AND WHEN TO BRING IN THE EXPERTS
None of us is as smart as all of us.
There are times when a “go it alone” approach is a sound strategy. Downhill skiing comes to mind. But to get through a divorce with your skin intact, you need a team.
Your team will help you navigate more smoothly through the divorce process, avoid making painful – and expensive – mistakes, complement your knowledge and skills, and build your confidence that you’re making the right decisions.
So, how do you know when you need an expert, and how do you go about finding the right ones?
First, be honest with yourself about your own strengths. You might be a pro at organizing your finances, but your legal knowledge could use some help. Keep your costs down by connecting with exactly who you need, and just when you need them.
Having a team of experts on your side can be well worth the investment, especially when you know that professional advice is just a phone call or email away. Your peace of mind is important.
Here are some areas where consulting an expert can be helpful:
- Attorney: a lawyer who specializes in divorce law or family law, has experience and can function as a skilled advisor, advocate, negotiator.
- Mediator: a neutral third party who works with you and your spouse to discuss and resolve issues related to your divorce. This is very different than hiring an attorney even if mediator is a lawyer. This persons role is limited in that they cannot give you advice and they can’t say to you that this is a bad deal or good deal for example. They do not look out for either party’s interests, it’s not binding, and should only be used after consulting with attorney.
- Certified public accountant (CPA): a trusted financial adviser who can help calculate financial net worth for you and your spouse, and help generate reports acceptable to the legal system.
- Divorce financial specialist: aka certified divorce financial analyst (CDFA), a divorce financial specialist brings an extensive knowledge of tax law, financial planning, and divorce-related asset distribution. They can help with budgeting, tax, estate, and retirement planning, and also a sense of the divorce settlement with long-term financial forecasts.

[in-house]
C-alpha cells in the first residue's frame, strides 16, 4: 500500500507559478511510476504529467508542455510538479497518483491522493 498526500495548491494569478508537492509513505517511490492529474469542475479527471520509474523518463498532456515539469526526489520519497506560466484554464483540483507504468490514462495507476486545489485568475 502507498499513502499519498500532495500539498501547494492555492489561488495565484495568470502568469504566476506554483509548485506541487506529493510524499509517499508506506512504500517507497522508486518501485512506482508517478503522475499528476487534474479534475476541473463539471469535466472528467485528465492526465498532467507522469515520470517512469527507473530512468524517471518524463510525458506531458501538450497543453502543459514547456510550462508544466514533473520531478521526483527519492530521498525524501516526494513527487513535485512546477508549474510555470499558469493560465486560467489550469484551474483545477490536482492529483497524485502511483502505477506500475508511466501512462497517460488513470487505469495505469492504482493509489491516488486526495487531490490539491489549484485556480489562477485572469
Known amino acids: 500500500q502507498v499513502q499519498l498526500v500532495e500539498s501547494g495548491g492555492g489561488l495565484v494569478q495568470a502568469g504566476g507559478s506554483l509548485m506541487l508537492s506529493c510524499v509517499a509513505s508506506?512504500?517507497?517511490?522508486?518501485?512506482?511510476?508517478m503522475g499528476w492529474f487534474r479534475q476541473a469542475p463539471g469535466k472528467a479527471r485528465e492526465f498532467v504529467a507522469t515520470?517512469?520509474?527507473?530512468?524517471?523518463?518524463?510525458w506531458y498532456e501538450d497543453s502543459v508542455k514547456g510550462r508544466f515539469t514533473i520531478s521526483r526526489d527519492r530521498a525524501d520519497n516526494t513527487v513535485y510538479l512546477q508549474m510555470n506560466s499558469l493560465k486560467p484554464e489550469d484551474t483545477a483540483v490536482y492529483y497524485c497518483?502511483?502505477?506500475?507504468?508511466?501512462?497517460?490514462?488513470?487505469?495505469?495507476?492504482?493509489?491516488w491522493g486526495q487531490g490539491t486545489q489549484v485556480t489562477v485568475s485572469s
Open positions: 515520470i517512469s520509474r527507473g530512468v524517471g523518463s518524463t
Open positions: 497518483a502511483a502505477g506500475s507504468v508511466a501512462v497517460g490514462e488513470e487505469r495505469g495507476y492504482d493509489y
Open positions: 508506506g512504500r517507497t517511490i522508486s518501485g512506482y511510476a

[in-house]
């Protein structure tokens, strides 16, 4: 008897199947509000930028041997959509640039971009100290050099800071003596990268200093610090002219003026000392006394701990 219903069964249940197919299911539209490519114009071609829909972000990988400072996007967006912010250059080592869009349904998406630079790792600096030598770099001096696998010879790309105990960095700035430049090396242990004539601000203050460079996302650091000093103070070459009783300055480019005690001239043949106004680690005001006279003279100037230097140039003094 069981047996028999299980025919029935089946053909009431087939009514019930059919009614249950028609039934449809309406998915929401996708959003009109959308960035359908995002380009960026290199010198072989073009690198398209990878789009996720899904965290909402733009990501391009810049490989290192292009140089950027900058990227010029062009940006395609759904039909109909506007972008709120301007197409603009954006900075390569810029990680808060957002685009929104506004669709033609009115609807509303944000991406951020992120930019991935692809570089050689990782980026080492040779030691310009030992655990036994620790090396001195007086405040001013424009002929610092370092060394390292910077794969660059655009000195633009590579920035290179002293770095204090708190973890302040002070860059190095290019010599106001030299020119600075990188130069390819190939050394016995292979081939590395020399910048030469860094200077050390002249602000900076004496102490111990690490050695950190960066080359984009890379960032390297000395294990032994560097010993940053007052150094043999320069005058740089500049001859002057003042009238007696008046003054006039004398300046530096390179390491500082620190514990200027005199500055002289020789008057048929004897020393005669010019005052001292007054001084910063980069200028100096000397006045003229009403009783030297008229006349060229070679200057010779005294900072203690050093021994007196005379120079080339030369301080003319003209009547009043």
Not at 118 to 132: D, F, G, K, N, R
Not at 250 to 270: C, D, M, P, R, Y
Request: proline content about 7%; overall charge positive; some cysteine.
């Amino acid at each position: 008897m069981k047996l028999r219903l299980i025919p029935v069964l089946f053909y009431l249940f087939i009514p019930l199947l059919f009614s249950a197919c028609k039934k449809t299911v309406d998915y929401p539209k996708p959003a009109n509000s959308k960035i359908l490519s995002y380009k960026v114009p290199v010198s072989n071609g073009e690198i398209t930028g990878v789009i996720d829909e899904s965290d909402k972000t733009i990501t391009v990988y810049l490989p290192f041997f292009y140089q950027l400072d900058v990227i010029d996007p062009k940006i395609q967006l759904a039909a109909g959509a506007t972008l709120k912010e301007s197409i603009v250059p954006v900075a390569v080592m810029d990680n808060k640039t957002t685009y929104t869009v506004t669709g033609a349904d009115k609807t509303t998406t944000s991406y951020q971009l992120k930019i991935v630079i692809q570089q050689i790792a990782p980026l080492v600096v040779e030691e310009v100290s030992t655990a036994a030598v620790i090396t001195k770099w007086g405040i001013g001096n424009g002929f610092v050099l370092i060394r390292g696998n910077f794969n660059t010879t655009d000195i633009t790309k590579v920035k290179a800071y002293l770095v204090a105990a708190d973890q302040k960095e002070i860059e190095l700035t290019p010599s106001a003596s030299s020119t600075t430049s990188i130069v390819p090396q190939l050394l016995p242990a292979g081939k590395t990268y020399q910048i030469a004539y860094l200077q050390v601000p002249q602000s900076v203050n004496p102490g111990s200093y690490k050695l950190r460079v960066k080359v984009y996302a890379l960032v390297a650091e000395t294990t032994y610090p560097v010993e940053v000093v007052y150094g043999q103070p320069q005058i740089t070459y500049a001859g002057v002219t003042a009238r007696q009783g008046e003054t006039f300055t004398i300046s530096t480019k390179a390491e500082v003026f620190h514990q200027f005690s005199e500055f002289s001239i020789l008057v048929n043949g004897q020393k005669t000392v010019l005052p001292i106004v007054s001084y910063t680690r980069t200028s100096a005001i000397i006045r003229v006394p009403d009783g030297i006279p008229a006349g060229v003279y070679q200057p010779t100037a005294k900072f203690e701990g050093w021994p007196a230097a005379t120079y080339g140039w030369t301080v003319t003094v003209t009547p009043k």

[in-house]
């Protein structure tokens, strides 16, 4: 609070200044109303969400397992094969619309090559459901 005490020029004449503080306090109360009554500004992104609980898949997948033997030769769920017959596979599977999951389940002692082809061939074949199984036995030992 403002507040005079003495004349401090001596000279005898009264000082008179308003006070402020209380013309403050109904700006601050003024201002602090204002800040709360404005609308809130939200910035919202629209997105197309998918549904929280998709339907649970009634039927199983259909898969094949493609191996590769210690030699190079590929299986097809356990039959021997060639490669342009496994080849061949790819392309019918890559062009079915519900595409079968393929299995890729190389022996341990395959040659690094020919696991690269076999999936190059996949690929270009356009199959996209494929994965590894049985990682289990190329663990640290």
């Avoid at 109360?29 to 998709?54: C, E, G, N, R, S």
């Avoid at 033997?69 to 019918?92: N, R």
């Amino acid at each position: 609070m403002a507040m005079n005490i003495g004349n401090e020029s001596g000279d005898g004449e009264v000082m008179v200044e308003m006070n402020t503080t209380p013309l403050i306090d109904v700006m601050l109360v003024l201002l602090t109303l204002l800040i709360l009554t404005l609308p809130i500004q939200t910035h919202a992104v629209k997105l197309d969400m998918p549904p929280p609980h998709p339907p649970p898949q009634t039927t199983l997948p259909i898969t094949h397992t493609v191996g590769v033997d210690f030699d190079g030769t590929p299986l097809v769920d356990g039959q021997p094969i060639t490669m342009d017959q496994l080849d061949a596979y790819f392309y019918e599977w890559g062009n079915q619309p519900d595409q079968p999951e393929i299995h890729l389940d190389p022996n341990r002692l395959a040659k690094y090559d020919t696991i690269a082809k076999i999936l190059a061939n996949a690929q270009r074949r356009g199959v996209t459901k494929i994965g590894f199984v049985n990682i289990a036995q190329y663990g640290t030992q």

- Valuation professional: When you need help determining the fair-market price of high-value items for the purposes of property division, the experience and knowledge of a valuation professional can help you avoid costly mistakes.
- Mental health professional: a qualified therapist or counselor can help you through past, and current emotional issues related to the divorce. There are different categories:
- MD: a therapist with this designation is a medical doctor and a psychiatrist who can not only counsel you but also prescribe any necessary medication.
- Ph.D./PsyD: a psychologist is a therapist with an advanced degree. Typically, they have counseling experience with a variety of approaches.
- MSW: a therapist with a Masters in Social Work has also earned an advanced degree and will have counseling experience.
- LCSW: a Licensed Clinical Social Worker trained in psychotherapy.
- LPC: a Licensed Professional Counselor with a master’s degree.
- MFT: a Marriage and Family Therapist is a trained counselor who specializes in marriage and family issues.
Recruiting your team
When assembling your team of advisors, get referrals from friends, family, and other trusted sources. Talk to a few candidates for each position and be prepared to give them an overview of your divorce situation and what you’re looking for them to provide. Here’s a starter list of questions you may ask:
- How much experience do you have with a divorce like mine?
- Can you tell me about your training, education, and credentials?
- How much will your services cost?
- How long will this process take?
- Are you aware of any conflicts of interest if you were to work with me?
Take the next step
- Assess your strengths
- Make a list of where you need help
- Seek referrals from your network
- Interview a few candidates for each position
- Assemble your team